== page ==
The 1979 summer camp spoof Meatballs, while not my favorite Bill Murray flick, accomplished a couple of things. First, it was a decent springboard for Bill Murray and director Ivan Reitman that led to blockbusters like Stripes and Ghostbusters. Second, it was a pretty darn good return on investment. The budget was estimated to be around $1.6 million and ended up grossing about $43 million. Big money for 1979.
Although playing an amalgam of his SNL characters, Murray created one funny scene in particular. Trying to rally the nerdy, misfit campers for a competition against the rival, snobby camp, Murray becomes unhinged during his pep talk, devolving into maniacally chanting "It just doesn't matter!" while banging a log on the ground.
As I watch and listen to talking heads obsess ad nauseam about market fluctuation, sometimes I feel like breaking into that chant. "It's a bear market! It's a bull market!" Sometimes, maybe it just doesn't matter.
In the words of Warren Buffett: "I never attempt to make money on the stock market. I buy on the assumption that they could close the market the next day and not reopen it for five years."
This quote probably sums up why the Oracle of Omaha has been so wildly successful. The day to day, minute by minute, tick by tick movement of the markets and stock prices isn't the important part. There are a few criteria that, at the end of the day, have very little to do with the stock market per se. I'll call this the "Why, What, How Method."
1. Why did you buy? Was it for income? Growth? A trade? Do you even know? All too often, investors shoot first and ask themselves these questions later, and many times the end result is investors shooting themselves (figuratively speaking, of course). Before you put money to work, ask yourself this question. If the answer remotely resembles "because the market is going up" or "a buddy of mine at work said to" -- just stop now. You may as well flush your money down the toilet. Set very clear objectives as to why you are investing money. This will help you succeed.
2. What did you pay? It's always tough to figure out if you paid too much or too little, right? Sometimes the answer is yes. Sometimes it's no. You're smart enough to figure it out. Did you buy Apple (NASDAQ:AAPL) in the $300s, or in the $500s somewhere in the middle of its parabolic move when Jim Cramer said it was going to a bazillion dollars a share? (To be honest, I firmly believe that $300 is too much and many investors are irrationally optimistic about the company's future.) Or did you buy French oil giant Total (NYSE:TOT) because it pays a 5.3% dividend and the forward P/E is 6.5, vs. the S&P 500's forward multiple of around 12.5 times earnings? Again, establish a process -- a real process that fits you.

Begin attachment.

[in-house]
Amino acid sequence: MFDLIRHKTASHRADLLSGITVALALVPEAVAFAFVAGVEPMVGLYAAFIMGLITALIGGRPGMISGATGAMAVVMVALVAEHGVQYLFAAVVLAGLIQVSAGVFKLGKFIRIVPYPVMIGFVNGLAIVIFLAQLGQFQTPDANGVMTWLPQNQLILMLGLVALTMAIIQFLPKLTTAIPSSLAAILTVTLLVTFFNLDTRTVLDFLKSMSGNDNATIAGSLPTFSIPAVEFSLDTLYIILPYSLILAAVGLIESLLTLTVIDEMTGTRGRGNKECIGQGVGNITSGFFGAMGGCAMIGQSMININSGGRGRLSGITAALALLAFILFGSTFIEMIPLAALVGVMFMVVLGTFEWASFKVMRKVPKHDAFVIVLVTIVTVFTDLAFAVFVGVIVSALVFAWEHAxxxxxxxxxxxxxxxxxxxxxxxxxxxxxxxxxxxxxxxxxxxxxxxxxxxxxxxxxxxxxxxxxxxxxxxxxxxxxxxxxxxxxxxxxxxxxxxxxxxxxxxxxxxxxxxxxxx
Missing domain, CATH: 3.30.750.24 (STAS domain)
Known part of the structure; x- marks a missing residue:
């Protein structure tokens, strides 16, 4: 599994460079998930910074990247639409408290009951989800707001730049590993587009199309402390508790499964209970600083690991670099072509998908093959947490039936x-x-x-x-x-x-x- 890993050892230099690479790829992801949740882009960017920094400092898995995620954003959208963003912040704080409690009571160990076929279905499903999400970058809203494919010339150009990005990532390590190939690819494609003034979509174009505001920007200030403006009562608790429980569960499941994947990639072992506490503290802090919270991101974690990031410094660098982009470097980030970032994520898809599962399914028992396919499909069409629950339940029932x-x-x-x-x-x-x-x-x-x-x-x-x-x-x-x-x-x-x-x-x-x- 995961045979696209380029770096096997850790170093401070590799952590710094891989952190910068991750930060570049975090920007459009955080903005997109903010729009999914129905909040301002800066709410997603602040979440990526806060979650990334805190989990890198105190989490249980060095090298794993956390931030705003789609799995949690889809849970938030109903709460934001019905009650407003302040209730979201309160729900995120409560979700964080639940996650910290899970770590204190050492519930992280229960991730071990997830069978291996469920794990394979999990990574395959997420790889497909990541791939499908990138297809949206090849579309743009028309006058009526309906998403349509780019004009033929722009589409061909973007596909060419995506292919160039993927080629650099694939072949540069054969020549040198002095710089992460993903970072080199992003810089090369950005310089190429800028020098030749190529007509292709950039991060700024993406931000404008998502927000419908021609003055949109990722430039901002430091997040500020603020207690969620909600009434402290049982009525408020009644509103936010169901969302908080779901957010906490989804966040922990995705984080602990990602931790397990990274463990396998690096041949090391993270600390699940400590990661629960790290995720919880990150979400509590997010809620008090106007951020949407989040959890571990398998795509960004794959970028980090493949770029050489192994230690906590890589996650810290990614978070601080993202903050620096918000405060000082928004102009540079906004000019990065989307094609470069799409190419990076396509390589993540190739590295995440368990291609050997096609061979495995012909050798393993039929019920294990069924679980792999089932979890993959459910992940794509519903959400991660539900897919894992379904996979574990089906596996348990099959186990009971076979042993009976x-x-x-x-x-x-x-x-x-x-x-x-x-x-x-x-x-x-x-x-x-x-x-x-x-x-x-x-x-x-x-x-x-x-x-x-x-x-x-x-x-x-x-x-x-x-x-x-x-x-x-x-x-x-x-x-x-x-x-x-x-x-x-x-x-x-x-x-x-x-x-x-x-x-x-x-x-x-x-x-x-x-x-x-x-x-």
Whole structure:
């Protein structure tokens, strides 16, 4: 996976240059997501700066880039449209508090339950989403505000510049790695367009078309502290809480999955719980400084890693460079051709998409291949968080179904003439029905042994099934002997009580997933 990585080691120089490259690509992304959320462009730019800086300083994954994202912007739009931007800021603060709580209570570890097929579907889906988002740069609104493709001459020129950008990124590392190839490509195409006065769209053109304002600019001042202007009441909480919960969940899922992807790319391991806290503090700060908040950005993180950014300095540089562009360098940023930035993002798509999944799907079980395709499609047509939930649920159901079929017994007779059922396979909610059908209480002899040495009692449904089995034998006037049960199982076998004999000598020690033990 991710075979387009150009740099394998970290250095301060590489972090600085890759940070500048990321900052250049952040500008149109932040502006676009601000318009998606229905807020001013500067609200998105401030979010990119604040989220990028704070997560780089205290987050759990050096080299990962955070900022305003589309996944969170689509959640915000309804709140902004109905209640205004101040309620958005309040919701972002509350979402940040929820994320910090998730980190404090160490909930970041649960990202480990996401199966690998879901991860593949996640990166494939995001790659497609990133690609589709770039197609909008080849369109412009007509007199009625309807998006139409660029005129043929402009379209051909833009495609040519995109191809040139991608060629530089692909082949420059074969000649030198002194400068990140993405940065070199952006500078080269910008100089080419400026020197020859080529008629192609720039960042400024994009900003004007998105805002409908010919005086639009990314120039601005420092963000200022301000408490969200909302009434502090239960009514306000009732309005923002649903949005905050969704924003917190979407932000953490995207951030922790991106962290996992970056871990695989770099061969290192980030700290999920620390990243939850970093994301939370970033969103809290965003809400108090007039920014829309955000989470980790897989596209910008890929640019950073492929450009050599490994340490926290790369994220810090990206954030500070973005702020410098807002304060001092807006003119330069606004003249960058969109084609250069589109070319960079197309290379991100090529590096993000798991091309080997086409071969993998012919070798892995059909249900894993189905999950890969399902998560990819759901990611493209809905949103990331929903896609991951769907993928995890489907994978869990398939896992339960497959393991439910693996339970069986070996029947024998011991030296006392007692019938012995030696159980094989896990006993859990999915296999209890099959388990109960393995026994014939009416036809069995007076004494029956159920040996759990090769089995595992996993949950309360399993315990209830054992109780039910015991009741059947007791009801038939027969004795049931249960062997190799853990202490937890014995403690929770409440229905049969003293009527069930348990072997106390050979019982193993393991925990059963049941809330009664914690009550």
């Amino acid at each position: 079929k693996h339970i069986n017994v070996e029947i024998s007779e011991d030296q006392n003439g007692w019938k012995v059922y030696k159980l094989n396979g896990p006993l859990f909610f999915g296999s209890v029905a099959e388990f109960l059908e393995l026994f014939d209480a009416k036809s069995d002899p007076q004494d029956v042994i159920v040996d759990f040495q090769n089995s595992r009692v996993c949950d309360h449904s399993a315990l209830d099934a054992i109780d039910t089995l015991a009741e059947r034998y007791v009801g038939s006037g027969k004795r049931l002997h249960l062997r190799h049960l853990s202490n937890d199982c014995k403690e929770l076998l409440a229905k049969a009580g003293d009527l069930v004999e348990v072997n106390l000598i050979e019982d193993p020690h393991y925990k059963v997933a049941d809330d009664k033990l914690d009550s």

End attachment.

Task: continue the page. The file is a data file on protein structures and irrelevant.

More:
3. How are you being paid? There's risk in everything: crossing the street, taking a new job, picking up the phone to call your mother -- but especially investing. And in taking an investment risk, like any risk, you should expect to and be compensated for assuming that risk. In buying stocks, there seem to be a lot people out there who are perfectly OK with being paid in hope. Translated: You buy a stock and hope it goes up. I'm not going to knock that. There are millions of stock pickers who have done that and made obscene amounts of money. There are also millions of wannabes who have done that and lost a lot of money. The median dividend yield of Berkshire Hathaway's (NYSE:BRK.A) top 10 holdings is 2.66% (funny enough, Berkshire doesn't pay a dividend, but I'm not debating that now). Clearly, Warren Buffett believes in getting paid just for showing up. Common stock dividends are how investors are compensated for their belief in the company. Additional payoff comes in dividend growth and price appreciation when the company executes effectively. I'll concede that even Apple has decided to do the right thing and compensate shareholders somewhat. Remember that hope can't buy a loaf of bread.
Now, don't get me wrong. Markets do matter, sort of. The fourth quarter of 2008 and the first quarter of 2009 mattered. Investors needed to play some defense, and the cascading effect of what was going on could not be ignored. However, there were bargains galore for the bold who had cash and defined objectives. But those were, indeed, historical days that will be printed on mutual fund marketing charts for decades to come. But those types of storms are going to blow up every so often. History shows they will. However, the day to day, risk on/risk off, yammering and obsession? Nah. Armed with a goal and a process, it won't matter.
Disclosure: I have no positions in any stocks mentioned, and no plans to initiate any positions within the next 72 hours.